For example, if you introduce or interrupt a quotation with an expression such as she says or he writes, use a comma (or commas) or add that. Ex:

Alvarez claims, "The whole poem works on one single, returning note and rhyme" (1214).

Alvarez suggests that "The whole poem works on one single, returning note and rhyme." (1214).

4. Commas and periods belong inside quotation marks, semicolons outside. Question marks and exclamation
points go inside quotation marks if they are part of the quotation, outside if they arent. You may end a quote with whatever punctuation mark your sentence requires. You do not need to indicate this particular change with brackets.ex: "You have a nice sense of humor," the narrators father notes, but "you cant tell a plain story." Wordsworth calls nature a "homely Nurse"; she has "something of a Mothers Mind." What does Johnson mean when he says, "I dont care if hes good or not. He aint right!"?

Four Useful Strategies for Effective Quoting 1. Make the connection between quotations and interpretations as seamless as possible. Try to put them next to each other (in one sentence, if possible). Avoid drawing attention to your evidence as evidence. Dont waste time with phrases such as This statement is proof that ... or This phrase is significant because ... and the like. Show why facts are meaningful or interesting rather than simply saying that they are. INEFFECTIVE QUOTING Tennyson advocates decisive action, even as he highlights the forces that often prohibited his contemporaries from taking it. This is suggested by the lines "Made weak by time and fate, but strong in will, / To strive, to seek, to find, and not to yield" (6970). EFFECTIVE QUOTING Tennyson advocates forceful action, encouraging his contemporaries "To strive, to seek, to find, and not to yield" (70). Yet he recognizes that his generation is more tempted to "yield" than earlier ones because they have been "Made weak by time and fate" (69).

2. Introduce or follow a quotation from a source (as well as a paraphrase or summary) with a signal phrase that includes the source authors name; you might also include the authors title and/or a bit of information about his or her status, if that information helps to establish credibility. INEFFECTIVE QUOTING EFFECTIVE QUOTING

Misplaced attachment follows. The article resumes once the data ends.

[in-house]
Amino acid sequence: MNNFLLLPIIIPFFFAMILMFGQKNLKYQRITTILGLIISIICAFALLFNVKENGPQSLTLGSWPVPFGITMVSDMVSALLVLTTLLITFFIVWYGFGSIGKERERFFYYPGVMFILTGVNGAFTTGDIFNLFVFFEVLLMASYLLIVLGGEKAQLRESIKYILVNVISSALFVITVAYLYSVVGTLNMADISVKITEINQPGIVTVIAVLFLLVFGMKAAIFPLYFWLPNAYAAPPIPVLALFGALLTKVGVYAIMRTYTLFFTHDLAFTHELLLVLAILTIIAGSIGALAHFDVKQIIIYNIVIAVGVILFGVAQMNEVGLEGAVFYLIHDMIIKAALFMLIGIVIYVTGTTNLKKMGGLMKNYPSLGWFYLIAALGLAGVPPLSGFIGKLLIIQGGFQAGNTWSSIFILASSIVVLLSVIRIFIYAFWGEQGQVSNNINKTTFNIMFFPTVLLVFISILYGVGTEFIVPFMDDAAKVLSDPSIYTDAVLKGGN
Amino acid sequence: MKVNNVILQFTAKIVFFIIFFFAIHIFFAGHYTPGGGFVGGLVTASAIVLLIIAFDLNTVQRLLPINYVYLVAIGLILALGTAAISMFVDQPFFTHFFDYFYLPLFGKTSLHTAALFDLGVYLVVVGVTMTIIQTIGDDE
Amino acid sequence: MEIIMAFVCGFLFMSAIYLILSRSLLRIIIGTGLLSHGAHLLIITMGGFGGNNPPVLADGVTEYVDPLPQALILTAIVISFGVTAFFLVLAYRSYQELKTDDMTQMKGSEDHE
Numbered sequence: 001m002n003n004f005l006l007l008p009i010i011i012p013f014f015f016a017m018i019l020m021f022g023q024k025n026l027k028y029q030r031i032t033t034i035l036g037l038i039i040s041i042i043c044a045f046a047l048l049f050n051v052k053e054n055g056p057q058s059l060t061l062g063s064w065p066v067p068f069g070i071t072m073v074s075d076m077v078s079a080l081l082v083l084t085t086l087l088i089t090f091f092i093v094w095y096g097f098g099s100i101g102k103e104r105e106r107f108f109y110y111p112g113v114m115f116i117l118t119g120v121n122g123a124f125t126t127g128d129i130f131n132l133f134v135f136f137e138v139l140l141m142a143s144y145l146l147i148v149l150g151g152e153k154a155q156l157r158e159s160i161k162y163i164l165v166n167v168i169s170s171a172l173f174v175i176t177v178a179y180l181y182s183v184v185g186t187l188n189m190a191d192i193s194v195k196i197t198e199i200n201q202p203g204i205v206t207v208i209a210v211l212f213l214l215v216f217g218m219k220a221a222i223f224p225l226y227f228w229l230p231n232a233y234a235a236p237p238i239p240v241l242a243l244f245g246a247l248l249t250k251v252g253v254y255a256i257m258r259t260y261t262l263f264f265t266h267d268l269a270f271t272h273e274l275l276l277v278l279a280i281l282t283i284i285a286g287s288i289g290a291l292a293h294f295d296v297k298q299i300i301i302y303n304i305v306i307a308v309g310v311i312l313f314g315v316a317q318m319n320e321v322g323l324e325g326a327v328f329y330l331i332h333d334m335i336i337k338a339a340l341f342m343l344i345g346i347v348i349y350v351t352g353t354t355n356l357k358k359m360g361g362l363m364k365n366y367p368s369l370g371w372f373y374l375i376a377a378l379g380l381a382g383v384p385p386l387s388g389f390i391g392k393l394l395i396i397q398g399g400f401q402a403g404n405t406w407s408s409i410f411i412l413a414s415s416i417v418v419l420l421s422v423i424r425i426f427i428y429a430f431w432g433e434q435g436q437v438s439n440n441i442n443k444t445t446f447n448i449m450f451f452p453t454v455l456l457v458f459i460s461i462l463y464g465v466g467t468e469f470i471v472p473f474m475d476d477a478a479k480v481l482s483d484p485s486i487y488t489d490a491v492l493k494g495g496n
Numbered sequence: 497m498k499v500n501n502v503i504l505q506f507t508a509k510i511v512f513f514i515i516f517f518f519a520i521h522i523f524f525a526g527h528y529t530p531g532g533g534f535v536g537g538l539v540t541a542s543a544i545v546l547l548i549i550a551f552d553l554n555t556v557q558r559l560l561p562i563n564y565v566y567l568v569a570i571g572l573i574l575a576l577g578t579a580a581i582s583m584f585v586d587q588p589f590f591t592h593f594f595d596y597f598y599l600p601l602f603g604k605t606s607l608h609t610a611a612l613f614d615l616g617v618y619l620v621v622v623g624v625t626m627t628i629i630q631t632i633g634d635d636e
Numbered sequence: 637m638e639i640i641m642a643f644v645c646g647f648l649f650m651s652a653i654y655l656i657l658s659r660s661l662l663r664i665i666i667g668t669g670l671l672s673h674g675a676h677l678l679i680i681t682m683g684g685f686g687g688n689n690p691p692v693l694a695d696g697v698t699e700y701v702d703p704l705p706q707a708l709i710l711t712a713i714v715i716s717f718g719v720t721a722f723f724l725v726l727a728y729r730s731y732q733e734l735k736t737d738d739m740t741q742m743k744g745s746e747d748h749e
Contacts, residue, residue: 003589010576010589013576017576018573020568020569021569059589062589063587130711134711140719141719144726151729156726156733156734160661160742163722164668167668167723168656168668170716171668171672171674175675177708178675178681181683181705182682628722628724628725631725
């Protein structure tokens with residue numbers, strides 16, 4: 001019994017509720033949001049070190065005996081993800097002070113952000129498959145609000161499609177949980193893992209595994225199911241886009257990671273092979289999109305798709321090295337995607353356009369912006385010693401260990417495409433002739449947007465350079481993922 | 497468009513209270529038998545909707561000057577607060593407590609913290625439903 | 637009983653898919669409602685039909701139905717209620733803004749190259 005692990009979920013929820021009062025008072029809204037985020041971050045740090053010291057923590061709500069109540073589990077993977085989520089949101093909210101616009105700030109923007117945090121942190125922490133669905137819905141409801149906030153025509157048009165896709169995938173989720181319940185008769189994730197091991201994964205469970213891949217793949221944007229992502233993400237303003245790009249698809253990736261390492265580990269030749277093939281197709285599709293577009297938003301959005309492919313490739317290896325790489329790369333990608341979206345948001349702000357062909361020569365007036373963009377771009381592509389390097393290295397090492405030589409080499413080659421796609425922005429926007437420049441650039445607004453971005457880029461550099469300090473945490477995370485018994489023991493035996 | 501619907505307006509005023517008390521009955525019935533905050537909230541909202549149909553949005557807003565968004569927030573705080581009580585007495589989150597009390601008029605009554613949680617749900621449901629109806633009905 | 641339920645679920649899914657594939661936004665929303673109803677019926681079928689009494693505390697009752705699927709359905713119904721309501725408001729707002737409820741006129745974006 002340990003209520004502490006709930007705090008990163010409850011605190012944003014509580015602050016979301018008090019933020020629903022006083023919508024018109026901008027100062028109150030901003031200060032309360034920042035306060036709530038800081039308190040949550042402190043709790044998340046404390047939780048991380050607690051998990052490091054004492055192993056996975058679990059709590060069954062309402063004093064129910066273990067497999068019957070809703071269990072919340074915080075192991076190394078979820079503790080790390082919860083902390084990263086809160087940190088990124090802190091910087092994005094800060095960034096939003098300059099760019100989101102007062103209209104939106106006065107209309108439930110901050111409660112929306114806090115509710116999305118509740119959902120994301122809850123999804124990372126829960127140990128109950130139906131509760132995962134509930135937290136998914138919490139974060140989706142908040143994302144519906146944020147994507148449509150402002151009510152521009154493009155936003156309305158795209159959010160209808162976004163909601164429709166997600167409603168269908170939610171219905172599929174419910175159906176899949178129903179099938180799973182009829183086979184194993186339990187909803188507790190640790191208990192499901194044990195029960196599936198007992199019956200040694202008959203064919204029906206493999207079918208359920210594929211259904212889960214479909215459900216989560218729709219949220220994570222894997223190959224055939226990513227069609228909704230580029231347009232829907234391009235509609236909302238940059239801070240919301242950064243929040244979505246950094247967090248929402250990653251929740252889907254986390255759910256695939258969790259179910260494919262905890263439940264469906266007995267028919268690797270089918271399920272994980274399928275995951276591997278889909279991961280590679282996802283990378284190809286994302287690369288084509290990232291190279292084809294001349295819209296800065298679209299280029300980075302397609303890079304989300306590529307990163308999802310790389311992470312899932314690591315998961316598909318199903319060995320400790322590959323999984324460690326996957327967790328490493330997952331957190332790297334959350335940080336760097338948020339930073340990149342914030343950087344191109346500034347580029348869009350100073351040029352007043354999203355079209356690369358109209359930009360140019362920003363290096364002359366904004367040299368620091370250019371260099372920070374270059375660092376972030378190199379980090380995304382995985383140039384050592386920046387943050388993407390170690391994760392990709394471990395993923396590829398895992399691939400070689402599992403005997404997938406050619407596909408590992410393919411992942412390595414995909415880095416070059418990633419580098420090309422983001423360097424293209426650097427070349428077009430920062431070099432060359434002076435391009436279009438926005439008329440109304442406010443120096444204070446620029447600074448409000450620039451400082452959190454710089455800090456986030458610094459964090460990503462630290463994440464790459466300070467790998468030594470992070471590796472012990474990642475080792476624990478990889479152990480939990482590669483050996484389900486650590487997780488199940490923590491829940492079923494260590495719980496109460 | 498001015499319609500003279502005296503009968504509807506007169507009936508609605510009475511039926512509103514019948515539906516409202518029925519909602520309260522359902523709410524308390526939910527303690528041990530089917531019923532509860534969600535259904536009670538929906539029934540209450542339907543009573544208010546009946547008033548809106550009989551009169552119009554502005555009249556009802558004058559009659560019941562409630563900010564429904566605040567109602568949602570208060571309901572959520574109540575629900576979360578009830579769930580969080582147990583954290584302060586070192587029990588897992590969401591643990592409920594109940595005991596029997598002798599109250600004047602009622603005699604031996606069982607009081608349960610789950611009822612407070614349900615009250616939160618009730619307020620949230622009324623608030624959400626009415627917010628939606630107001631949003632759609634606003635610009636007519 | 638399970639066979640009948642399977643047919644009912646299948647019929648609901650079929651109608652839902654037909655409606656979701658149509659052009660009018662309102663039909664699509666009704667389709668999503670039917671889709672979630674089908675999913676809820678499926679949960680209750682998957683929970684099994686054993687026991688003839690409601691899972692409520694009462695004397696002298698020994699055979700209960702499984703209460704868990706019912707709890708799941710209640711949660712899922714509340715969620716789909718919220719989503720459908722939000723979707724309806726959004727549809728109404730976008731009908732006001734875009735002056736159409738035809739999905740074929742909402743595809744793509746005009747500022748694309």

Imagery extends a poets vision, through shared access to In Imagery in Action, Madeupcollege Literature a mirror image (Smith 3). Professor and Tennyson scholar, Chris Smith claims that "imagery extends a poets vision, through shared access to a mirror image (3). 3. To avoid boring your readers, vary the content and placement of these phrases while always choosing the most accurate verb. (Says, for example, implies that words are spoken, not written.) You may find it useful to consult the following list of verbs that describe what sources do. Verbs to Use in Signal Phrases
affirms argues asks asserts believes claims comments emphasizes considers contends demonstrates describes discusses draws attention to implies indicates explains explores finds focuses on identifies illustrates remarks reports insists investigates maintains notes observes points out surmises writes shows sees speculates states stresses suggests concludes

4. Lead your readers into fairly long quotations by giving them a clear sense of what to look for in the quotation and any information they need to understand the quotation and to appreciate its significance. Quite often, contextual informationfor instance, about whos speaking to whom and in what situationis crucial to a quotations meaning. This is especially true when quoting dialogue. INEFFECTIVE QUOTING EFFECTIVE QUOTING

A Raisin in the Sun seems to endorse traditional gender roles: "Im telling you to be the head of this family... like you supposed to be" (1980); "the colored woman" should be "building their men up and making em feel like they somebody" (1949).

A Raisin in the Sun seems to endorse traditional gender roles. When Mama tells Walter "to be the head of this family from now on like you supposed to be" (1980), she affirms that Walter, rather than she or Ruth or Beneatha, is the rightful leader of the family. Implicitly shes also doing what Walter elsewhere says "the colored woman" should do "building their men up and making em feel like they somebody" (1949).